Ralf Baechle wrote:
Yeah, that was inevitable. Since the distribution of the previous
message seems to cover concerned developers outside the MIPS community,
let me make one final(?) plea to actually do this right.
Your patch appears correct - and mipsmt_sys_sched_setaffinity() even
more broken than you thought. It duplicates some code from kernel/sched.c
and has gotten out of sync.
The MIPS SMTC support for managing a single FPU context on a processor
with multiple integer TC contexts involves having the system make
automous, real time, decisions about scheduling affinity. It may be a
first, but it can't possibly be the only case, especially as we've
started seeing more and more mainstream multi-core, multi-thread
designs. System and chip resources are going to be "closer" to one
processor or another. The current Linux paradigm is that it's the
responsibility of programs, or users, to know what the optimal placement
of processes should be for a given system platform, and while it's
absolutely appropriate to provide that level of control for the cases
where the user really does know best, it's mildly insane to make that
the only way that thread placement can be optimized. It's really the
OS's job to match demand to resources.
My contention years ago was, and remains, that it would be a bad idea to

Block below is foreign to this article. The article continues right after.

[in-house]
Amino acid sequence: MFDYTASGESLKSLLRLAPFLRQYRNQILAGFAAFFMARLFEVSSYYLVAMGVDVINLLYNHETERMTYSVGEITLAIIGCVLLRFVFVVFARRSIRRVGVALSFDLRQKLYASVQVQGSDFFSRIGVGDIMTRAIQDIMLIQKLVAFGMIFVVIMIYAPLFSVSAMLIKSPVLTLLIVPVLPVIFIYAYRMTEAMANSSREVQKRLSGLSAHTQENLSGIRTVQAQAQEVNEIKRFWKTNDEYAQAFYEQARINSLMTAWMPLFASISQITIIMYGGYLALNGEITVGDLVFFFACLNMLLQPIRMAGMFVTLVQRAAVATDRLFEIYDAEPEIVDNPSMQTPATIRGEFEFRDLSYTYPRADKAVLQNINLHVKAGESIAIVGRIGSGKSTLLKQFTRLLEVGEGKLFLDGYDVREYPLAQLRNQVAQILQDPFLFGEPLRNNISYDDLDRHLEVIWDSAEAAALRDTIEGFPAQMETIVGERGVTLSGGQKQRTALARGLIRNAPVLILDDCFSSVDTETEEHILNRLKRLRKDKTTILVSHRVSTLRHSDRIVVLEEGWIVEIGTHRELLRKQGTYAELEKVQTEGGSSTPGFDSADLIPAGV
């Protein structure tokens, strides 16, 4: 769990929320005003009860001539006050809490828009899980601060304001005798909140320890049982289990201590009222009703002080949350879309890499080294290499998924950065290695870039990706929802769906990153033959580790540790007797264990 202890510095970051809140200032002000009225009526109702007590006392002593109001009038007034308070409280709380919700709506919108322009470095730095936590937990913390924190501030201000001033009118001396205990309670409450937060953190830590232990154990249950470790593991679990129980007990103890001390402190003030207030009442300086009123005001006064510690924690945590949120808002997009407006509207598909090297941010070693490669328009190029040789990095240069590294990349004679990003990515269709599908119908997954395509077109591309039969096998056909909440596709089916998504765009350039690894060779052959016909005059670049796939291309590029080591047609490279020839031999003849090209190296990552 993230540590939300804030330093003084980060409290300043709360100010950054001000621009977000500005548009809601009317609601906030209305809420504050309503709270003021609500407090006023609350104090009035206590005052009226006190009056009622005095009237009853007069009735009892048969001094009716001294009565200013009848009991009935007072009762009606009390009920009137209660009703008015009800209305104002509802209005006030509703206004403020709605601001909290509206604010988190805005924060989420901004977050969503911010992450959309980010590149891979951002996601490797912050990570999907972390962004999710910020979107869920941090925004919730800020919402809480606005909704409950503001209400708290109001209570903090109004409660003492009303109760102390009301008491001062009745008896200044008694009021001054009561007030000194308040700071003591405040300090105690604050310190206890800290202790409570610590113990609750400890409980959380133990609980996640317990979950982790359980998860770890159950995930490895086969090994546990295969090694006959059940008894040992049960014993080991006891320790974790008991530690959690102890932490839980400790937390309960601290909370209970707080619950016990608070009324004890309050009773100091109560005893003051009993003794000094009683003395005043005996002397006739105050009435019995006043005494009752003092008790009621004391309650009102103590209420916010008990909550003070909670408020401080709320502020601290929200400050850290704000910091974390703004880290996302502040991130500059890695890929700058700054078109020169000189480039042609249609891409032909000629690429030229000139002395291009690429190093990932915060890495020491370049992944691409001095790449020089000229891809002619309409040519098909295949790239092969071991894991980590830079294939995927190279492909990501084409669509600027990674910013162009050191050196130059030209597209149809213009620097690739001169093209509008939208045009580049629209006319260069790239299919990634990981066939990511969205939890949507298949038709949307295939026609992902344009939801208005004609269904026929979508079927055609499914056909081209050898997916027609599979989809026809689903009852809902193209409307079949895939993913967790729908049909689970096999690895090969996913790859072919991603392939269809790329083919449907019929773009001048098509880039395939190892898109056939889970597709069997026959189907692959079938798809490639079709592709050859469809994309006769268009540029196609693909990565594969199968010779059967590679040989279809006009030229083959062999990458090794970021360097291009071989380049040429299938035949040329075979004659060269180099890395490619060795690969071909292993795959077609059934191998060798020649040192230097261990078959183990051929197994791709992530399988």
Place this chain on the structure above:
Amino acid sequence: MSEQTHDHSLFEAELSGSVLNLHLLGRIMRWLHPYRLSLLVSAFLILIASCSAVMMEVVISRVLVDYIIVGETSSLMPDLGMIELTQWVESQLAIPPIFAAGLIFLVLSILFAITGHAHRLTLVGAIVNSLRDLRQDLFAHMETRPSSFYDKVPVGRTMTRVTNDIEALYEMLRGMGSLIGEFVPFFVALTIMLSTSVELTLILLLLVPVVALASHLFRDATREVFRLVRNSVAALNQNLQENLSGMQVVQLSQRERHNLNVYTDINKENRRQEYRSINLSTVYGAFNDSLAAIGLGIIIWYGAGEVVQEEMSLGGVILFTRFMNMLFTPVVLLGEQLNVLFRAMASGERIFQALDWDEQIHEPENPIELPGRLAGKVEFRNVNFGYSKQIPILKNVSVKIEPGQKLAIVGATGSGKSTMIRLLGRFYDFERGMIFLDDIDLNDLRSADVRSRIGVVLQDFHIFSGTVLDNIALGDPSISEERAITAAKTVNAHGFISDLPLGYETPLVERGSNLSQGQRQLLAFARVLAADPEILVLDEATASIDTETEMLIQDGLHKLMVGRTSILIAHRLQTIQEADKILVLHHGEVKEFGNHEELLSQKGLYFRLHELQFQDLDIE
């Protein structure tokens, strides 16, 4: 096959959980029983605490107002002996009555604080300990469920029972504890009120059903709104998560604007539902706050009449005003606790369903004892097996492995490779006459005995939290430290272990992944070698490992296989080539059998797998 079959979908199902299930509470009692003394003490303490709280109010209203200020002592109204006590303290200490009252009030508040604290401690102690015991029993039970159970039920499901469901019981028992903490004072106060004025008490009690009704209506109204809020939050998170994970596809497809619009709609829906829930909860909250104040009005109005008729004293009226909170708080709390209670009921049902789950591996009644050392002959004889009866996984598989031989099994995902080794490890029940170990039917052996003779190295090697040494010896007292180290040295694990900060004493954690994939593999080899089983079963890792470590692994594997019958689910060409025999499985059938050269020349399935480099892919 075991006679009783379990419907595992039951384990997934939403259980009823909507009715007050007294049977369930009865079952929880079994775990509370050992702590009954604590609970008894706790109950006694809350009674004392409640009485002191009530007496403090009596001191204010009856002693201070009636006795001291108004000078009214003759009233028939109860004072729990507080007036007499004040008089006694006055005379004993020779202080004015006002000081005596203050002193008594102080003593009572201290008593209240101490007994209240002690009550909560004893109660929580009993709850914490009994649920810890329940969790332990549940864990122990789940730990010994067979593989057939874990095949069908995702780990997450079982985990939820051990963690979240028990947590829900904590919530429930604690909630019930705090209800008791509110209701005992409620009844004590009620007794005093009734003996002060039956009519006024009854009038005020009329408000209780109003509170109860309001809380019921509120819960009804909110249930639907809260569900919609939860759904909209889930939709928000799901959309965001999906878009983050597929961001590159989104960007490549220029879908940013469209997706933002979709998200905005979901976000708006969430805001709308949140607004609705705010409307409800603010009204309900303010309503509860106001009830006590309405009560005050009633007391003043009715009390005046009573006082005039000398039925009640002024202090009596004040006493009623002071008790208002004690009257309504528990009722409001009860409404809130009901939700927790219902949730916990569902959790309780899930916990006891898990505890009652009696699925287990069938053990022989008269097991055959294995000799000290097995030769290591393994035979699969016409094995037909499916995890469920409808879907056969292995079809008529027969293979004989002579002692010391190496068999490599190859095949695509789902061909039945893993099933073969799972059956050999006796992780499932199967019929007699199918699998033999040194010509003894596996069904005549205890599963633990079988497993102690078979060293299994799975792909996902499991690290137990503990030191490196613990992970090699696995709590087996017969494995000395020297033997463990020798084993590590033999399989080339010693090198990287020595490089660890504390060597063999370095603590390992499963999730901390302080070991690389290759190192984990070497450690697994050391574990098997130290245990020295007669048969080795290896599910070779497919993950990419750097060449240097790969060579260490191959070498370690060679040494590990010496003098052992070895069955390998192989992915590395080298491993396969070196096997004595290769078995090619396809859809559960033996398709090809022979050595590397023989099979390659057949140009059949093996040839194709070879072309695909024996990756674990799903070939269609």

burden the main scheduler loop with checks for two different levels of
affinity, system-automatic and user-specified. It would add
non-trivially to the cache footprint and execution overhead of thread
dispatch, and there's no logical need for it. So the model I proposed,
and implemented in the cloned affinity system calls for SMTC, was that a
*single* affinity mask continue to be used by the scheduler, but that
the per-thread data structures carry two: The one requested explicitly
by the user, and the one actually used by the scheduler. The idea is
that normally those two are the same, but that the system - in the MIPS
SMTC case, the FPU emulator - can overlay its constraints with the
user's constraints to come up with an intersection-of-sets constraint
that satisfies both (there was a clause which prevents system affinity
heuristics from restricting the affinity mask to a null set of CPUs,
though of course the user can do that if he really wants to).
There's nothing particularly MIPS-specific about the problem or the
solution. Most of the mechanisms should really be in
platform-independent code, so we don't get the drift of cloned components.
I don't recall who owned the scheduler at the time, but whoever it was
was too busy dealing with mainstream processor problems to even engage
in a dialogue about this. Is it time to raise the question again?